The New Rafael Nadal

by Jonas Eriksson
The New Rafael Nadal - how Nadal has changed his game

I have just witnessed the New Rafael Nadal beat Stefanos Tsitsipas in Australian Open in straight sets: 6-2 6-4 6-0. Was Tsitsipas bad? No. Rafa was amazing. And not in his old, ball-chasing-never-give-up way, but by being aggressive and punishing every short ball.

Before the Australian Open there was talk about an improved service motion that Rafa has worked on together with his coach Carlos Moya. You can read more about Rafa’s new serve in this Telegraph article. According to the Telegraph: “Overall this tournament, Nadal is making 74 percent of his first serves and winning 80 percent of those points. He is also averaging 6.8 aces per match, which is comfortably more than double his career figure of 2.9 and last year’s 2.7.” Quite an impressive feat of the new Rafael Nadal.

If I would have bet in a sportsbook or at an online casino, there is no chance I would have put my money on Rafael Nadal ahead of the Australian Open 2019. He pulled out of Brisbane due to injury concerns, he has had a really poor hard court record (at least health-wise) where he has only finished one out of the 18 last hard court tournaments. How could you put him as a favorite to win the tournament? Suddenly, the new Rafael Nadal is in the final after not having dropped a set or even played a long match. Crazy.

The New Rafael Nadal – Takes a page out of Federer’s playbook

The New Rafael Nadal - how Nadal has changed his game

The new Rafael Nadal has taken a page out of Federer’s playbook. He has decided to shorten the points. He has decided not to play each point as his last. And he has decided to be in command of the rallies. A #tenyearchallenge for Rafael Nadal’s style would be in stark contrast to the new Rafael Nadal. He has moved closer to the baseline, he is hitting more aggressively off of both wings (the backhand used to be mostly a defensive weapon, but now he is stepping in and taking the ball earlier), and his serve his much improved. The results are so far impressive.

The reasoning is simple. Rafael Nadal loves tennis, but his body doesn’t. It breaks down on faster surfaces. The only way he can sustain his physique and good results on other surfaces than clay is to shorten the points, play more aggressively and dare to go for more. He already has plenty of built-in-margins thanks to his spin generation. So what he is trying to do is to hit a good serve, get a short return, and attack with his forehand. He has been able to execute this strategy brilliantly and is now ready for the final with plenty of energy left in the tank.

The New Rafael Nadal – Can he beat Djokovic?

The New Rafael Nadal - how Nadal has changed his gameThe new Rafael Nadal has not lost a set so far in the Australian Open. But is he ready to take on the world number one Novak Djokovic on a hard court? Well, if he can keep playing the way he has, he has a good chance at beating Novak. The question is how well Novak can return. Usually, he does this very well, so then it will be difficult for Rafa to get the upper hand in the rallies, which then will boil down to the usual baseline battles between them. From what I’ve seen so far I would say the match is 50-50. Nadal has been tremendous and Djokovic has been good, but not his best. On clay, Rafa would win 80-20, but Djokovic rules this surface and will be very tough to beat.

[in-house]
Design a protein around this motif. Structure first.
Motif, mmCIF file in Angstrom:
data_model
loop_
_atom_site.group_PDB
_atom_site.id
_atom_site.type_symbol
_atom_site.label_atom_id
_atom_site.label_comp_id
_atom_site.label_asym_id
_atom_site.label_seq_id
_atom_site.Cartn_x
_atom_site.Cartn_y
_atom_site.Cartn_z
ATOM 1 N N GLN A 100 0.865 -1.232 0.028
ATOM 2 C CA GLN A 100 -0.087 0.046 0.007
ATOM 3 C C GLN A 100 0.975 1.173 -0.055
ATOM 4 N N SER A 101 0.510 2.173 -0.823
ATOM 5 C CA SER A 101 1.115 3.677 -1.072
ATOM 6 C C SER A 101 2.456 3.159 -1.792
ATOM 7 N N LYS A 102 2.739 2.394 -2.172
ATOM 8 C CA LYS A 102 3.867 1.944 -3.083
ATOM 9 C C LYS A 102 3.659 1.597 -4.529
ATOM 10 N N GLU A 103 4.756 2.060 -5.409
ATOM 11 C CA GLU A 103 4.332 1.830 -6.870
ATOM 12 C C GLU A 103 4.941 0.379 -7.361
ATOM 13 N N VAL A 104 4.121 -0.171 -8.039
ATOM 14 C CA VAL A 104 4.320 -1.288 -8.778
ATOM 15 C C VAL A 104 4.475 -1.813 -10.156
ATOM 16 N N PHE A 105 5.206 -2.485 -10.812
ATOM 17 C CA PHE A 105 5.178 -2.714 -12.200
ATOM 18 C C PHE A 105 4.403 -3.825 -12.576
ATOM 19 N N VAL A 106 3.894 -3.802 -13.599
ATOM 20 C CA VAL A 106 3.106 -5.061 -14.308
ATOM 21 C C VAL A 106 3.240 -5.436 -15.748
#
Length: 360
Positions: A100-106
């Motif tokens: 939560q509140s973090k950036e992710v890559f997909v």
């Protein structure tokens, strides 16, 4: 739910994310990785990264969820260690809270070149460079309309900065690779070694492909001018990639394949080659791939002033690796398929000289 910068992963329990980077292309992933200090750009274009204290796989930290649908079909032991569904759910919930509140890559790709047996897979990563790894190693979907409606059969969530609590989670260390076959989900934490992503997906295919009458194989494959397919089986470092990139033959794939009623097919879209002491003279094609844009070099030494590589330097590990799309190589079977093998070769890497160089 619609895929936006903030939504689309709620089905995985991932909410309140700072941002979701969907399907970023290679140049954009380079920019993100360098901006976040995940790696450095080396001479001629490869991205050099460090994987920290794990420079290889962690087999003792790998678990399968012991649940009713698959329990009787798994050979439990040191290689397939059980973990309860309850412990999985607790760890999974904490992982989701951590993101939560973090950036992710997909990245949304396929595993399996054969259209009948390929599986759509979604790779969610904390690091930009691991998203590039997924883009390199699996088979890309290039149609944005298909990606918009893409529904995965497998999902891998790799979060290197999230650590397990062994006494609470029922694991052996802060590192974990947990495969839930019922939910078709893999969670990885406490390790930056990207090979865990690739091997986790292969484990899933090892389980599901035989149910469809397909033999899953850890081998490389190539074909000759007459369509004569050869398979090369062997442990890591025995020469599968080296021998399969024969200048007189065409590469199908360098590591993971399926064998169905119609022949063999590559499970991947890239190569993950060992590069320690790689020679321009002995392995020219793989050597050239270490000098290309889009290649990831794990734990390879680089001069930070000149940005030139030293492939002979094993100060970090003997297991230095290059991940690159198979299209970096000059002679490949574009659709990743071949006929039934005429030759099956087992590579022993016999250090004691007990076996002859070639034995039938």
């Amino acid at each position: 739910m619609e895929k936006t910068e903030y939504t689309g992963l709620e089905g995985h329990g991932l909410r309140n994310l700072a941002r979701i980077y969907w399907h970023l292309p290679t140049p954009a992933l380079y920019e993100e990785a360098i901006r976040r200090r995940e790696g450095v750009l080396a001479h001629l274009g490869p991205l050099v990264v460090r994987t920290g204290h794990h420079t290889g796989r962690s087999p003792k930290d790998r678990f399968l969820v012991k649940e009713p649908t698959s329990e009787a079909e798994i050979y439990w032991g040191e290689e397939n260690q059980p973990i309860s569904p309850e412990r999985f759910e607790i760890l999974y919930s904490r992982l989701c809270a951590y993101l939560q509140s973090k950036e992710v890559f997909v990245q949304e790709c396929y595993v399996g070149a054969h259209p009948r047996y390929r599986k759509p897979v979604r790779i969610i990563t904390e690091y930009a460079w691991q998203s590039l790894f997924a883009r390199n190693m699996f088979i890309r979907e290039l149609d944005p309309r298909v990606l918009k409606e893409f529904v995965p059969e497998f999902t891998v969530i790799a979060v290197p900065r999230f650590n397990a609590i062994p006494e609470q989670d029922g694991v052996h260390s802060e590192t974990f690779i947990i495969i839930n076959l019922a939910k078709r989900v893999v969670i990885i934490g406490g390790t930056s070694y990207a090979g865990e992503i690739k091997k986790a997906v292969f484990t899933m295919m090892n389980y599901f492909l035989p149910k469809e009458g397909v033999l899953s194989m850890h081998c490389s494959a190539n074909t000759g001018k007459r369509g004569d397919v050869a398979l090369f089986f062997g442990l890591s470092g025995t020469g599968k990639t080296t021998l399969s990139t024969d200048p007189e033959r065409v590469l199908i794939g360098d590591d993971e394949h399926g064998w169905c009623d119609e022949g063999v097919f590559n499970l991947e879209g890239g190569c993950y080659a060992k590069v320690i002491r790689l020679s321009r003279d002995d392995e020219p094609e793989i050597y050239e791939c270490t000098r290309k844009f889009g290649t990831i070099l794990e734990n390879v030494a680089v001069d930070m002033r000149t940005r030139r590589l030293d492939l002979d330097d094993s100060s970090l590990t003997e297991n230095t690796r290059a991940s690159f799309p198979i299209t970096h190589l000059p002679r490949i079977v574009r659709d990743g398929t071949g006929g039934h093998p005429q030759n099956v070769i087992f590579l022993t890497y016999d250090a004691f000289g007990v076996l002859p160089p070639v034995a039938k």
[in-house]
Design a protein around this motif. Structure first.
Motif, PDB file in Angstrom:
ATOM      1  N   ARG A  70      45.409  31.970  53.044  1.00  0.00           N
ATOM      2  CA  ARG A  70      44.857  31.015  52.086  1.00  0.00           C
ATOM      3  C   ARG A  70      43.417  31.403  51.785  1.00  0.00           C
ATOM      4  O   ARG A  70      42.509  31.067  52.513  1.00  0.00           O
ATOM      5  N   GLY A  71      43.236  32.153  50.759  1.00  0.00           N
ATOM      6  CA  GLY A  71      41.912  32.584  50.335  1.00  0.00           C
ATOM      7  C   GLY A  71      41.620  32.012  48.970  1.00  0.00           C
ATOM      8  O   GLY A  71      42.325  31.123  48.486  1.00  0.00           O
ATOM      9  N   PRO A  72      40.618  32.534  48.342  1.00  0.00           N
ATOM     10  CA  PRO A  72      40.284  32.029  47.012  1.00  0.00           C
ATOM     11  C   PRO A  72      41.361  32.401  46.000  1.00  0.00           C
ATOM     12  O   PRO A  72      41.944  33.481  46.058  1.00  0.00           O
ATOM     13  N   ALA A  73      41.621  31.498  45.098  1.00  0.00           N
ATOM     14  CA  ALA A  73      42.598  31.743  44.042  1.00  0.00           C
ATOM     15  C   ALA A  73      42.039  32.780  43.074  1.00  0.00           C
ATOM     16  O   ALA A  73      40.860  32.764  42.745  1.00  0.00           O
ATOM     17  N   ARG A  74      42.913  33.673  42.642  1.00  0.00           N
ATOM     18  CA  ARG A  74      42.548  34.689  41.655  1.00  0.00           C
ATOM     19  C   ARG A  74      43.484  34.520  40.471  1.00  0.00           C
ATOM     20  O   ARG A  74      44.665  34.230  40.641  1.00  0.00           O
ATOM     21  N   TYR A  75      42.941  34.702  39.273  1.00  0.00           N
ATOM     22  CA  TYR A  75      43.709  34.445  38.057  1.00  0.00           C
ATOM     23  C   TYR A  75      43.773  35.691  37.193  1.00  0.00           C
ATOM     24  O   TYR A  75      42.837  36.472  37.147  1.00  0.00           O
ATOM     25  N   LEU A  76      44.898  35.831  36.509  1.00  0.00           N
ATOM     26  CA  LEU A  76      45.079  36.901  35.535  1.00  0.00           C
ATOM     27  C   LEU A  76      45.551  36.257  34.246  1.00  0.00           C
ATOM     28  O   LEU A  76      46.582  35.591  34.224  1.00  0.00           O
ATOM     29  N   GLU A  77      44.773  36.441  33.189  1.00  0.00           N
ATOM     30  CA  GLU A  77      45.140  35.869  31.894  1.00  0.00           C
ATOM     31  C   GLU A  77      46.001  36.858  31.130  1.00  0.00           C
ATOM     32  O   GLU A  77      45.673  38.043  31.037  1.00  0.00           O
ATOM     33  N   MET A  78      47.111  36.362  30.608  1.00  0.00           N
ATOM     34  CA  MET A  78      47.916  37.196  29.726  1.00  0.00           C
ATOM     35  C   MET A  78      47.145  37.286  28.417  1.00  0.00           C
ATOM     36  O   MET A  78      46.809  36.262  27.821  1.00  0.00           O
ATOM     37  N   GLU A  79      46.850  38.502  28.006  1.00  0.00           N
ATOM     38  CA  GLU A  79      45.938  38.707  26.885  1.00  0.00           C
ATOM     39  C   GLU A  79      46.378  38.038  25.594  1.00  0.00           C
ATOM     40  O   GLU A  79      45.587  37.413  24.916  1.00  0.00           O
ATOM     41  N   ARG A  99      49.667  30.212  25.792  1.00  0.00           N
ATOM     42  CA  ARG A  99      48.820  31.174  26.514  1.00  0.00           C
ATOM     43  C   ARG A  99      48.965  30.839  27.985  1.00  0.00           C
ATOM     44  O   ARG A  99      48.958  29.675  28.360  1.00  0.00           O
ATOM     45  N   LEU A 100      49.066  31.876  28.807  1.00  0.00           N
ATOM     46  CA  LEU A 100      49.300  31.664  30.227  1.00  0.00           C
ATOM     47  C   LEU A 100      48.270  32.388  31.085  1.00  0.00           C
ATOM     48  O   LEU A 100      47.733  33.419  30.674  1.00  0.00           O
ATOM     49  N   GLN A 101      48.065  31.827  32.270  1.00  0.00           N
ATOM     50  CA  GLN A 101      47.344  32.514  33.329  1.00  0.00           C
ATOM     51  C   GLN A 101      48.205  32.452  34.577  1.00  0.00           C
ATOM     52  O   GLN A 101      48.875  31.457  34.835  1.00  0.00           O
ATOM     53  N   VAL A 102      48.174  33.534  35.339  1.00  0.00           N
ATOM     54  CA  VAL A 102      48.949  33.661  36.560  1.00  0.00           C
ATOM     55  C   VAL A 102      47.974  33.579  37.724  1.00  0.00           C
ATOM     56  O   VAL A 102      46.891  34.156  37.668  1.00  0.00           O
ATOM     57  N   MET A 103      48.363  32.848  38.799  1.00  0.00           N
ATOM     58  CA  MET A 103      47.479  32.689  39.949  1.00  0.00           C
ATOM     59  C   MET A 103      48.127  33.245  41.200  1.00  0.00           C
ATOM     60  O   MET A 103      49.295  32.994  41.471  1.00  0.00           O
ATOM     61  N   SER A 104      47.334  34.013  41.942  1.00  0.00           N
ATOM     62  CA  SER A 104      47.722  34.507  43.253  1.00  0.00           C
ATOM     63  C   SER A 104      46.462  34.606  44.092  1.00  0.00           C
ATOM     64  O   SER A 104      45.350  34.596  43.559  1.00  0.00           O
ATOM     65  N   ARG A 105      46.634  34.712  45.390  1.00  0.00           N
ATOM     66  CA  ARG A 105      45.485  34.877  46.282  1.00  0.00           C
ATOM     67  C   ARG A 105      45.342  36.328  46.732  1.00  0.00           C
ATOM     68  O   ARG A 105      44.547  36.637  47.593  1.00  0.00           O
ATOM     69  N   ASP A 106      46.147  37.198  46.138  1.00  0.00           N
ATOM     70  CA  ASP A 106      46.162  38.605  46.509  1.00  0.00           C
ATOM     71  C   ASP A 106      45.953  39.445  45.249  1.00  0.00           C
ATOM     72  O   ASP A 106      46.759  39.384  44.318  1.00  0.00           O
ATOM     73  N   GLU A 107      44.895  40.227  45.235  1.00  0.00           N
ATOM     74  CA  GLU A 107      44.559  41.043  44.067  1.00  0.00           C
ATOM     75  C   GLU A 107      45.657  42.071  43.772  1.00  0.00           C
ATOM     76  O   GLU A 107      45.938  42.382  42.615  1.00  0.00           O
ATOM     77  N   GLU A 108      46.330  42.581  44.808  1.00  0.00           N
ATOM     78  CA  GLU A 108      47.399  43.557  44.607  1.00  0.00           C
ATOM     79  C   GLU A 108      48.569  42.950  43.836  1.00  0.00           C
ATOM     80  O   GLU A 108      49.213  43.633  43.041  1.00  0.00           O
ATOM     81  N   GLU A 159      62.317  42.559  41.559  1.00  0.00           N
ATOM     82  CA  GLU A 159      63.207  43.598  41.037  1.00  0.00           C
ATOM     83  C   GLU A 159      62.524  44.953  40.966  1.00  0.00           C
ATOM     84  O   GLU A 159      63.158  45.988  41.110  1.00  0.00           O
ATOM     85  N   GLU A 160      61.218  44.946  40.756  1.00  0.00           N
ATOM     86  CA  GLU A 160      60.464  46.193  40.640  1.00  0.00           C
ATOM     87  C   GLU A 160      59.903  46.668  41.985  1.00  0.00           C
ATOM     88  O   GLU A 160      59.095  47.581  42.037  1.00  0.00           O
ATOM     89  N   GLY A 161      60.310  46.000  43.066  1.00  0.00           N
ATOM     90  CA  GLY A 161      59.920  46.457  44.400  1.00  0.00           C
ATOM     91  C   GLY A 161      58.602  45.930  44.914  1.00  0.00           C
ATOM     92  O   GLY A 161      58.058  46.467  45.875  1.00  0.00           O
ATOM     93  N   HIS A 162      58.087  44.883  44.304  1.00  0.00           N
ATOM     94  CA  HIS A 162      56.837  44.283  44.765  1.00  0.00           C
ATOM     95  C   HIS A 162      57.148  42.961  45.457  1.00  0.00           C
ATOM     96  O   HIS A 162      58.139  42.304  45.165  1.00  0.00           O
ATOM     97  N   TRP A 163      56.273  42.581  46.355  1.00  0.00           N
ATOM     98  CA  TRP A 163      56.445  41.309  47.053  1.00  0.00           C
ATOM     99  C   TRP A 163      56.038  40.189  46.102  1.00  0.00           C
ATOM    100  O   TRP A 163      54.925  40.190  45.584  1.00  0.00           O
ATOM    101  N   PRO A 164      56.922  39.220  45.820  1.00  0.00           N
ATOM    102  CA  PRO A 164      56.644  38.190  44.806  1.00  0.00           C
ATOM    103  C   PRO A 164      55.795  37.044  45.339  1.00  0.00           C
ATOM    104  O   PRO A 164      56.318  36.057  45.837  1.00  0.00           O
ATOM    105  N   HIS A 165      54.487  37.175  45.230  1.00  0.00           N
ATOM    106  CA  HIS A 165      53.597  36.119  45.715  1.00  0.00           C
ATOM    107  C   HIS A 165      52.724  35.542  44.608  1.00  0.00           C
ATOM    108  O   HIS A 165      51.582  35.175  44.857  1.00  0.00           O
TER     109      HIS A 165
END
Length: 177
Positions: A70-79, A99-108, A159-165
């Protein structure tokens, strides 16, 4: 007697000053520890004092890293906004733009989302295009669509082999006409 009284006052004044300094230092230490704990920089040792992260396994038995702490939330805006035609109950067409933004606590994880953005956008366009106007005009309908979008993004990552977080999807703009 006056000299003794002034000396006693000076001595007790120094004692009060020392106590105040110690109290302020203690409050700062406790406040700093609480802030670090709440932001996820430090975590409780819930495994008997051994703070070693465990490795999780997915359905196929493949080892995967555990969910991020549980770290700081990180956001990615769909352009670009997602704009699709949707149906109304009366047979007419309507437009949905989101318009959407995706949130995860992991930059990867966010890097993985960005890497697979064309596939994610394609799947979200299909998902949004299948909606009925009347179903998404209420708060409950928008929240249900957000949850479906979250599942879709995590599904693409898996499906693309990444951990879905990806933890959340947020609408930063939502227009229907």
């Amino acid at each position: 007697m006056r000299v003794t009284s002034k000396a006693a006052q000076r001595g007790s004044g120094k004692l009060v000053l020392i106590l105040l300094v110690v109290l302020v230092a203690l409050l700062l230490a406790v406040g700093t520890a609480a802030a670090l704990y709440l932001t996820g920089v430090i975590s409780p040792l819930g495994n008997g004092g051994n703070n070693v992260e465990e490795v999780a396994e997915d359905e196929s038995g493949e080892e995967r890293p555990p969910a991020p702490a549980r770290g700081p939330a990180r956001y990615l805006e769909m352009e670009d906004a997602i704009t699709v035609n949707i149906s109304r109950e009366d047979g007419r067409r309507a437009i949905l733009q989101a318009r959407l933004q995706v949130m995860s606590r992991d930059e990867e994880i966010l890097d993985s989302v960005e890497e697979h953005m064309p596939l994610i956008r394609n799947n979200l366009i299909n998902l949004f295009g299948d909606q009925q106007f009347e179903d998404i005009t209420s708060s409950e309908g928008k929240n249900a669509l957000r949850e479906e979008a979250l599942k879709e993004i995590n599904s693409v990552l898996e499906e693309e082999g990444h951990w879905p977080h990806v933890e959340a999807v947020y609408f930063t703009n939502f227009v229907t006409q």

Can the new Rafael Nadal win his second Australian Open (it was ten years since his last one in 2009)? And if so, that opens up the question if he can reach Roger Federer in terms of grand slam titles. Rafa is on 17, Roger has 20. If Rafa wins Australian Open, he goes in as the heavy favorite in the French Open. If he wins his twelfth title in Paris, he is ONE title short of equalling Federer’s grand slam record. And if Rafa keeps playing more aggressively and in that way puts less stress on his body, why wouldn’t he be a massive threat to that record?

Interesting to hear your thoughts here! Who wins the final and can Rafa reach Roger? Please comment below.

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Vedran January 24, 2019 - 19:26


Rafa is not playing against Djokovic. Djokovic first has to beat Pouille :)


Saša January 25, 2019 - 12:35

AO changed their balls this year, to Dunlop Fort version. It is a bigger, softer, lower jumping and noticeably slower ball compared to the outgoing Wilson AO balls. Gameplay has changed correspondingly. A lot of long rallies, good returning and defending, slowballing etc. Since the get go of the AO it was kind of obvious that defending styles get a BIG boost, compared to attacking styles. Personally I am not a fan, and I would easily foresee a change next year already, with the same sponsor – Dunlop. Probably reskinned Slazenger Wimbledon (made by Dunlop) balls or similar, although that is also a softer, slower control ball, but not that soft and slow as a Dunlop Fort. Opinions?

Tennisnerd January 25, 2019 - 16:30

You are right, balls play a huge part actually. Personally, I am big fan of Dunlop Fort, but like with everything…different strokes for different folks…Cheers / J

EP January 25, 2019 - 14:24

Omg. I knew Pouille didn’t have a chance, but holy crap man. This should be another classic final.

Tennisnerd January 25, 2019 - 16:29

Yes, exciting stuff!

Magnus January 25, 2019 - 22:19

The BULLdozer vs The Steamroller!! So much talk about Nadal being aggressive, or not aggressive. The guy really hates to miss, maybe that’s his “problem”. In my opinion I think he lost a couple of important finals due to the tactics “not to miss a shot”. Looking forward to the match!!


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